The Gateway Server 142 performs interworking for the PoC system 100 by communicating with the Cloud Storage Services 148 via one or more IP networks 146. In addition, the PoC Clients 136 may communicate with the Gateway Server 142 and the Cloud Storage Services 148 via one or more IP networks 146.

The Gateway Server 142 and/or PoC Client 136 sets up one or more connections with the Cloud Storage Services 148 using the configured Fully Qualified Domain Name (FQDN), or absolute domain name, of the Cloud Storage Services 148, which may be publicly exposed to the IP network 146. Secure transport protocols may (or may not) be used for the connections across the IP network 146. For example, the Gateway Server 142 and/or PoC Client 136 may use the Transport Layer Security (TLS) and/or Secure Sockets Layer (SSL) protocols for encrypting information transmitted over the connections with the Cloud Storage Services 148.

In such an embodiment, all SIP signaling and voice data (RTP and RTCP) would be tunneled over the SSL/TLS connections. XCAP signaling may be transmitted using a Hypertext Transfer Protocol Secure (HTTPS) protocol, which results from layering the Hypertext Transfer Protocol (HTTP) on top of the SSL/TLS connections, thus adding the security capabilities of SSL/TLS to standard HTTP communications.

The Gateway Server 142 terminates the SSL/TLS connections and aggregates or dis-aggregates the resultant traffic to the appropriate Servers 108, 110, 112, 114, 116, 118, 120, 122 and 144. Specifically, the Gateway Server 142 acts as an intelligent traffic distributor for SIP signaling and RTP/RTCP traffic by forwarding the traffic to the appropriate Servers 108, 110, 112, 114, 116, 118, 120, 122 and 144, depending on the message types and the availability of the Servers 108, 110, 112, 114, 116, 118, 120, 122 and 144. Consequently, the Gateway Server 142 is a single point-of-contact for all traffic to and from the IP network 146.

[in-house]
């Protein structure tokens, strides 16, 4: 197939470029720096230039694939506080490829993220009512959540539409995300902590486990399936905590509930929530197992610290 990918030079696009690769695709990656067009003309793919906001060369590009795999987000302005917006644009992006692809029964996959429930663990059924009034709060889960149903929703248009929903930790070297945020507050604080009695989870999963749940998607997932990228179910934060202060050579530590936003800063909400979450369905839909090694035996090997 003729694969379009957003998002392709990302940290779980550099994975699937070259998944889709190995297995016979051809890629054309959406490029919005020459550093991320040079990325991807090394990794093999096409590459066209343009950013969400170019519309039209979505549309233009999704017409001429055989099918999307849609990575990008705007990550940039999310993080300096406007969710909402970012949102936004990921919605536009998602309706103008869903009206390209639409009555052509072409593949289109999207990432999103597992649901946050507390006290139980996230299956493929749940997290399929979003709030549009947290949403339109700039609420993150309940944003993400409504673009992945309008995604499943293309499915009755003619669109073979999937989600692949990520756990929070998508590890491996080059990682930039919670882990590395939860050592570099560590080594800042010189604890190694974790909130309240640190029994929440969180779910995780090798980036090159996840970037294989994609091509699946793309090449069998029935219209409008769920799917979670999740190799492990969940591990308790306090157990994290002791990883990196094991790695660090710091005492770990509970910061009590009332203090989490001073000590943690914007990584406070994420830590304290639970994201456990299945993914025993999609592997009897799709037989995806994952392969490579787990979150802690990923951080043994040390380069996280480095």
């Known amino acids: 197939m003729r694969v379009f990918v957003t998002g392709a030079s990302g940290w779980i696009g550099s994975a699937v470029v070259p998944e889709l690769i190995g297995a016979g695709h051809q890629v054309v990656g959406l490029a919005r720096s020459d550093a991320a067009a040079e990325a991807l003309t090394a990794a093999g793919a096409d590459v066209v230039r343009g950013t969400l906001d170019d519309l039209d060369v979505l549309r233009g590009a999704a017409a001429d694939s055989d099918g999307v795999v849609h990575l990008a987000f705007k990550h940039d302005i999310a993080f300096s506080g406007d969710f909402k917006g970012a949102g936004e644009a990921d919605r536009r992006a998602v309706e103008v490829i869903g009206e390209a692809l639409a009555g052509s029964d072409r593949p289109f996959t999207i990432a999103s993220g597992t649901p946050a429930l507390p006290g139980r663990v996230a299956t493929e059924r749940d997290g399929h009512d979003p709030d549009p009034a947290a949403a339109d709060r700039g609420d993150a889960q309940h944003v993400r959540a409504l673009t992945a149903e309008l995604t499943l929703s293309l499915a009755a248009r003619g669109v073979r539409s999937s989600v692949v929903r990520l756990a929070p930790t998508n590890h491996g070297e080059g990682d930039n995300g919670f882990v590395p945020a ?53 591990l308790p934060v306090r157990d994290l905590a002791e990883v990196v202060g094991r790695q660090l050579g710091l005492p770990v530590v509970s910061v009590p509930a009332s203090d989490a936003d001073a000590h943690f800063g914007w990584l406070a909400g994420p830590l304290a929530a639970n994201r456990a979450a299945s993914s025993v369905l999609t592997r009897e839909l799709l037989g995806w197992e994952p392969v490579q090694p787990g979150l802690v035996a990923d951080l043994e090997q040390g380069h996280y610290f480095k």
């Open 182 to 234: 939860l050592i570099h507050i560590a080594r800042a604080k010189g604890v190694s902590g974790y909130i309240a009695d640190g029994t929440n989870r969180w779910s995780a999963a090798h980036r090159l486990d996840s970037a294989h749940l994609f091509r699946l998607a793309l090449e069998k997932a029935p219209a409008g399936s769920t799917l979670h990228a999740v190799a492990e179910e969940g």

3.2 Management Layer

3.2.1 EMS Server

The EMS Server 116 is the central management entity in the system and includes the following modules:

    • A central application where all management business logic resides.
    • A web server for serving the network operator's internal users. A corresponding client provides a user interface for viewing fault, configuration, performance and security information.
    • A subsystem is provided for health monitoring of network elements deployed in the system and also to issue any maintenance commands as applicable.
      3.2.2 WCSR Server

The WCSR Server 120 provides a web user interface for customer service representatives (CSRs) to carry out various operations. The web user interface provides access to CSRs for managing subscriber provisioning and account maintenance. Typically, it supports the following operations.

    • Create Subscriber account,
    • Update Subscriber account,
    • Delete Subscriber account,
    • Mobile number change command,
    • Forced synchronization of a Subscriber,
    • Deactivate a Subscriber account,
    • Reactivate a Subscriber account,
    • View Subscriber details, such as MDN, Group, Group members.
      3.2.3 WGP Server

The WGP Server 122 allows provides for central management of all corporate subscribers and associated contacts and groups within a corporation. The WGP Server 122 allows corporate administrators to manage contacts and groups for corporate subscribers.

The WGP Server 122 includes a Corporate Administration Tool (CAT) that is used by corporate administrators to manage contacts and groups of corporate subscribers. The CAT has a Web User Interface for corporate administrators that supports the following operations: